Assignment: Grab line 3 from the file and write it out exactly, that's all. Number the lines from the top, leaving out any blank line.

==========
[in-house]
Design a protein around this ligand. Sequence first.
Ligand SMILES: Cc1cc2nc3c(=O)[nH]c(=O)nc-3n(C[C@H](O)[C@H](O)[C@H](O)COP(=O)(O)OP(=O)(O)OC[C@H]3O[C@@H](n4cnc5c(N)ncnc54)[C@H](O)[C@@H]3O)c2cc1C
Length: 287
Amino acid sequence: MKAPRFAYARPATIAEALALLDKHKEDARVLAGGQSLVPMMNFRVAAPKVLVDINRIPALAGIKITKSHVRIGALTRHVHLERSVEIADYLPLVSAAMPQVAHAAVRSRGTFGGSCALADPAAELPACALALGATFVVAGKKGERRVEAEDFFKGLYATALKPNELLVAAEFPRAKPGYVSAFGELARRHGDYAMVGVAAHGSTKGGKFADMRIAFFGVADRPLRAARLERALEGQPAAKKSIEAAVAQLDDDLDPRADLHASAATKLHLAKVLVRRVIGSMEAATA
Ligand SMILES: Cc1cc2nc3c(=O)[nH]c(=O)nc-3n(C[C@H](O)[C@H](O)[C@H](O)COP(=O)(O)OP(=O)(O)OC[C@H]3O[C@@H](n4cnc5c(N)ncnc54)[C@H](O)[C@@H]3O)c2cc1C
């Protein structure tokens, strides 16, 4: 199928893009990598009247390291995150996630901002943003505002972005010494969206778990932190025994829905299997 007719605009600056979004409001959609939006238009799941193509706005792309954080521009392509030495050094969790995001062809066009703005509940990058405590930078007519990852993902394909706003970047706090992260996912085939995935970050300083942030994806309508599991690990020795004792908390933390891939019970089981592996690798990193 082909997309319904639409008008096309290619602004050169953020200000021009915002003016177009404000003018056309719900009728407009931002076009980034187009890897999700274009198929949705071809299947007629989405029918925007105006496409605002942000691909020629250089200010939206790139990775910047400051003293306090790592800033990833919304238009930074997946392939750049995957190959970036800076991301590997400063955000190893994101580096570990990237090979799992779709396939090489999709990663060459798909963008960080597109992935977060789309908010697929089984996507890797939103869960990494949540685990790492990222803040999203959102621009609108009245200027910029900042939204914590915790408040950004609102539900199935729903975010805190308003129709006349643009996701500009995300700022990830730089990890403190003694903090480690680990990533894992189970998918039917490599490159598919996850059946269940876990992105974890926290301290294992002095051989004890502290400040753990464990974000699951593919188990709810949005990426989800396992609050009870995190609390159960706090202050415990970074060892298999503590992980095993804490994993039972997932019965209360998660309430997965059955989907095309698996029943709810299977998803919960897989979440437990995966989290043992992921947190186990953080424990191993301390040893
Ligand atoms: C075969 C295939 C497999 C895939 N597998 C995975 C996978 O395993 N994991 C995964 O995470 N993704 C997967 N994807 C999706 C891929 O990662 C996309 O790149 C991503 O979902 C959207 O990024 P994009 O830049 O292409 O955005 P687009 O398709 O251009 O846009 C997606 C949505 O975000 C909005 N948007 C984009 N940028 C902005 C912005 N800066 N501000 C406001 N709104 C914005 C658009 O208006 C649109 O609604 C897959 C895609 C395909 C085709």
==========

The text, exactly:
Ligand SMILES: Cc1cc2nc3c(=O)[nH]c(=O)nc-3n(C[C@H](O)[C@H](O)[C@H](O)COP(=O)(O)OP(=O)(O)OC[C@H]3O[C@@H](n4cnc5c(N)ncnc54)[C@H](O)[C@@H]3O)c2cc1C